VIENNA – Surging crude inventories and investor skepticism over the U.S. stimulus package dragged oil prices below $36 per barrel Thursday.
Investors seemed more wary than relieved after U.S. lawmakers finally agreed overnight to a $790 billion stimulus bill designed to pull the economy out of recession.
Light, sweet crude for March delivery fell 53 cents to $35.41 a barrel by midday in Europe on the New York Mercantile Exchange. The contract fell $1.61 overnight to settle at $35.94.
U.S. crude oil inventories have jumped in recent weeks as rising unemployment erodes spending on gasoline.
A weekly report Wednesday from the Energy Information Administration showed that crude inventories jumped by 4.7 million barrels for the week ended Feb. 6, more than an increase of 3.4 million barrels expected by analysts surveyed by Platts, the energy information arm of McGraw-Hill Cos.
Including last week's build up, crude inventories have swelled by more than 30 million barrels in the past six weeks.
"Conditions in the West and globally remain quite weak," said Gerard Burg, minerals and energy economist with National Australia Bank in Melbourne. "Given the economic outlook, there's little to drive prices higher."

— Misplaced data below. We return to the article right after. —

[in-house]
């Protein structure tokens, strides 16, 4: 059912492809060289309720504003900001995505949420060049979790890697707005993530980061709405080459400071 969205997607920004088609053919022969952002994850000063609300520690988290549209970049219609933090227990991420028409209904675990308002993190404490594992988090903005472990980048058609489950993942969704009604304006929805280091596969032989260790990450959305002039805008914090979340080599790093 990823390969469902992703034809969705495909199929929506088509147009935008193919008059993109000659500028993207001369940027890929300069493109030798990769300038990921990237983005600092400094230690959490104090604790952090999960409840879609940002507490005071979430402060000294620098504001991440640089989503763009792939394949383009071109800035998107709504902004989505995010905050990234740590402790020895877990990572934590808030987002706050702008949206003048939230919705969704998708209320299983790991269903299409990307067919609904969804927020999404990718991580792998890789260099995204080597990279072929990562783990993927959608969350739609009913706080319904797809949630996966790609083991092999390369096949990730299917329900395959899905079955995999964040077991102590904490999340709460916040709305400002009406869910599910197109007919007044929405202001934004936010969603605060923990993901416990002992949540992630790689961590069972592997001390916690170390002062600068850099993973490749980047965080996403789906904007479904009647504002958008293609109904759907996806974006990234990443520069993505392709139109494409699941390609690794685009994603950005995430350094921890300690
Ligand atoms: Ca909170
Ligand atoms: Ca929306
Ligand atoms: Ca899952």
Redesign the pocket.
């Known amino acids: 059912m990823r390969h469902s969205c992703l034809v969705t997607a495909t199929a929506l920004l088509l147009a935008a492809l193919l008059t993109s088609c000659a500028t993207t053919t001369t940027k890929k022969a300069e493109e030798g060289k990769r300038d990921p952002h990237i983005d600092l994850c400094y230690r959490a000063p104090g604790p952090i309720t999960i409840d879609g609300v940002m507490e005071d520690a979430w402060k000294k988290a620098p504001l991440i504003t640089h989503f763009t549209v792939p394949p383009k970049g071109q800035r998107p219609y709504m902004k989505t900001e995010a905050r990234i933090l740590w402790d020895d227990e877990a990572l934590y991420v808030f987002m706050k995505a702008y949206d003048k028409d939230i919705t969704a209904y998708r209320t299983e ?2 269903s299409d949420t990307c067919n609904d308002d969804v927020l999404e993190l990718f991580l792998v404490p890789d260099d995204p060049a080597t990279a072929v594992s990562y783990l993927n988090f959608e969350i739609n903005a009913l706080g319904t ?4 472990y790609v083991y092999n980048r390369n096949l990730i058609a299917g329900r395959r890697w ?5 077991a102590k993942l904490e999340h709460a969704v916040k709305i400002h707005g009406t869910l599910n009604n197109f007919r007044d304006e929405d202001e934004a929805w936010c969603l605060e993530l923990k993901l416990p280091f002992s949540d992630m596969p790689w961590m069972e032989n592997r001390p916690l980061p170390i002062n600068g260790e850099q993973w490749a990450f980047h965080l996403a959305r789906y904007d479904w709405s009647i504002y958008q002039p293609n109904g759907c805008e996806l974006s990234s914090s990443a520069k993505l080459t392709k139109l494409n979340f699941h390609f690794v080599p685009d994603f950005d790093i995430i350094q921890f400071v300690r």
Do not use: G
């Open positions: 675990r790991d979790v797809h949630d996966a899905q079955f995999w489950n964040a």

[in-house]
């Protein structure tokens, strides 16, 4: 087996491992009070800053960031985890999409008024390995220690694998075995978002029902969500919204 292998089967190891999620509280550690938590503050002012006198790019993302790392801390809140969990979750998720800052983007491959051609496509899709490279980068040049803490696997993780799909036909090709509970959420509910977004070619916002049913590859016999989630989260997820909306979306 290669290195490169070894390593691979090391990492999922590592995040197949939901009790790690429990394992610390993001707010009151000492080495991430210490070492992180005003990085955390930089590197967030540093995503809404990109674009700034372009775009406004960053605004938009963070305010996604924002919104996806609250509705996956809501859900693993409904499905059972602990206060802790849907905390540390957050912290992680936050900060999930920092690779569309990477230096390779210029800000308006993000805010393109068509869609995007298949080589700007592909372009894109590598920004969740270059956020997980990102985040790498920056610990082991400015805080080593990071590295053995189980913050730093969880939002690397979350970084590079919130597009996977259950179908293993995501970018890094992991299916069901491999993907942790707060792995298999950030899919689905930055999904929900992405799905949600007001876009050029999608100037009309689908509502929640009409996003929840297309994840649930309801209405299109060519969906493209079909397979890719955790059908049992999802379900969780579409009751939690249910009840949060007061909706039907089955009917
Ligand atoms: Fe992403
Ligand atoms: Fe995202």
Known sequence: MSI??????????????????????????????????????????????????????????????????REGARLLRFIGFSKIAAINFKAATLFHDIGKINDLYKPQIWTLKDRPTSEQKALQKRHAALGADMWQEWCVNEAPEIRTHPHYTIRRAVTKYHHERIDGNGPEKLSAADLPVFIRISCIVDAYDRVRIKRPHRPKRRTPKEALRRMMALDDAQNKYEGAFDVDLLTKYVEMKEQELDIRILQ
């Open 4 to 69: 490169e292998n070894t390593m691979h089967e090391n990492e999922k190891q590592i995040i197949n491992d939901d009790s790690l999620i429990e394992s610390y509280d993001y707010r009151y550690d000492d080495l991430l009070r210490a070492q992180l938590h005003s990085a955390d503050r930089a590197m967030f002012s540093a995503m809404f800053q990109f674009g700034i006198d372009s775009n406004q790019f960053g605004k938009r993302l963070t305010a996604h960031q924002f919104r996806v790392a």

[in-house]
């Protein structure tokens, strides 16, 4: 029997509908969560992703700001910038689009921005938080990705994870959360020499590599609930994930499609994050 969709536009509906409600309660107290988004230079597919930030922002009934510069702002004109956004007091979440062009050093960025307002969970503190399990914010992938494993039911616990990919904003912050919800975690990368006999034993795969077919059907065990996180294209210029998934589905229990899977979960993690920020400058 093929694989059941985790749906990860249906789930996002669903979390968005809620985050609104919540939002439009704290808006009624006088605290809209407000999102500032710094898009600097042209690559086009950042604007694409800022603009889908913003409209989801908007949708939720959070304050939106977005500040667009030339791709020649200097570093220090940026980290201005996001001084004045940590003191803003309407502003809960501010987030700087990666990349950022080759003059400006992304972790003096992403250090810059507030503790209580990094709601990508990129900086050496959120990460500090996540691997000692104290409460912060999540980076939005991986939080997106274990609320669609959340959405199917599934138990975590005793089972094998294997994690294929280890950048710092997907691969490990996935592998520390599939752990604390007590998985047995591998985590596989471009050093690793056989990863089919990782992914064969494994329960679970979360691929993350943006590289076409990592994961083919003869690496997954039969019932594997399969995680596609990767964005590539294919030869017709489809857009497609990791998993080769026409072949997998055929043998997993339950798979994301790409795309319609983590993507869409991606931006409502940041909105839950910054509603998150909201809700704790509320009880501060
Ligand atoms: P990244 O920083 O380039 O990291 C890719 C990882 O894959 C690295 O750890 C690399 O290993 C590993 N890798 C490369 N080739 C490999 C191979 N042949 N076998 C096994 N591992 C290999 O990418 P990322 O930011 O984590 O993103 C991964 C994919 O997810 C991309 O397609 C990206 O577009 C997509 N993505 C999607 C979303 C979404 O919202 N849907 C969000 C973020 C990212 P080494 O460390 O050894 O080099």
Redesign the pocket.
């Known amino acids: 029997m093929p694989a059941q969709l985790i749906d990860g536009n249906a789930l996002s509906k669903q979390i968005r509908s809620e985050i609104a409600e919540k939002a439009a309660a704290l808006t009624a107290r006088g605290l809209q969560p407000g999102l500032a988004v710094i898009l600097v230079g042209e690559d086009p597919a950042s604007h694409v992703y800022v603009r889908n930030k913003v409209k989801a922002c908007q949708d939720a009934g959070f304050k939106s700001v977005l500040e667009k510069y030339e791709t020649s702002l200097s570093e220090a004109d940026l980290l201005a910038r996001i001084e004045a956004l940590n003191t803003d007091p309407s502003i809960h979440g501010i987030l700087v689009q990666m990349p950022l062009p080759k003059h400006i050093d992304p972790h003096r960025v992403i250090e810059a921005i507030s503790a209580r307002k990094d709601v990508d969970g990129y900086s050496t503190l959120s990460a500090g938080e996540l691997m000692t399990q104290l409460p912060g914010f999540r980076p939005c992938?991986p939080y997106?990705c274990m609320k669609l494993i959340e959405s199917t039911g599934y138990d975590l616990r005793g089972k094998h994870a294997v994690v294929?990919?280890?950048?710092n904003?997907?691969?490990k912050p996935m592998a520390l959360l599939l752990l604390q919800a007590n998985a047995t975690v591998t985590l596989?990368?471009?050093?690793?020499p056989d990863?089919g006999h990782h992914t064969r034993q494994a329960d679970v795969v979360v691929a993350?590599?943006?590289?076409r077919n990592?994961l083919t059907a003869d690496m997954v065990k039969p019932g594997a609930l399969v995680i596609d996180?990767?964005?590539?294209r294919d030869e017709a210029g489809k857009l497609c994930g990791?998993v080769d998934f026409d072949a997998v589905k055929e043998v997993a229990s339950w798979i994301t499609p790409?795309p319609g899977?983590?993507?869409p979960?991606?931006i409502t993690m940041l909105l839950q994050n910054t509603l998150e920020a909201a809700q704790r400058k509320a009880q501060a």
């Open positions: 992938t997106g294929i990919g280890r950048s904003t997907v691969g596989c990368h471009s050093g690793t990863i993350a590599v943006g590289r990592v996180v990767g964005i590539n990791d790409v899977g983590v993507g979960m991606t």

Forecasters continue to lower their expectations for crude demand. The Paris-based International Energy Agency said Wednesday that global oil demand in 2009 will likely be 84.7 million barrels per day, 570,000 barrels less than the previous estimate.
"It's still a market that's really focused on demand," Burg said. "I think there's potential for conditions to weaken further."
Investors are also skeptical that a Treasury Department plan announced earlier this week to spend more than $1 trillion to help remove banks' soured assets from their books and unclog the credit markets will work.
"The bank plan lacked specifics, and the market is quite concerned that it won't kick start the economy," said Christoffer Moltke-Leth, head of sales trading for Saxo Capital Markets in Singapore.
Falling prices may eventually trigger a recovery in the medium-term, as producers could reduce supply from high-cost oil fields that have become unprofitable.
"I think the cost of production is going to increasingly become an issue," Burg said. "If it becomes unprofitable, most producers would seek to cut back."
The Organization of Petroleum Exporting Countries, which accounts for about 40 percent of global crude supply, said earlier this week it has completed about 80 percent of 4.2 million barrels per day of output cuts announced since September.
The output cuts have failed to counter surging U.S. crude inventories and weakening demand.
"All of the hand-wringing regarding OPEC compliance press releases aside, U.S. supplies of crude oil (foreign and domestic) continue to build," said energy analyst Stephen Schork in his Thursday report.
"There is no reason to think this trend will not continue."
In other Nymex trading, gasoline futures rose 1 cent to $1.28 a gallon, while heating oil slid 1 cent to $1.31 a gallon. Natural gas for March delivery jumped 3 cents to $4.56 per 1,000 cubic feet.
In London, the March Brent contract rose 22 cents to $44.50 on the ICE Futures exchange.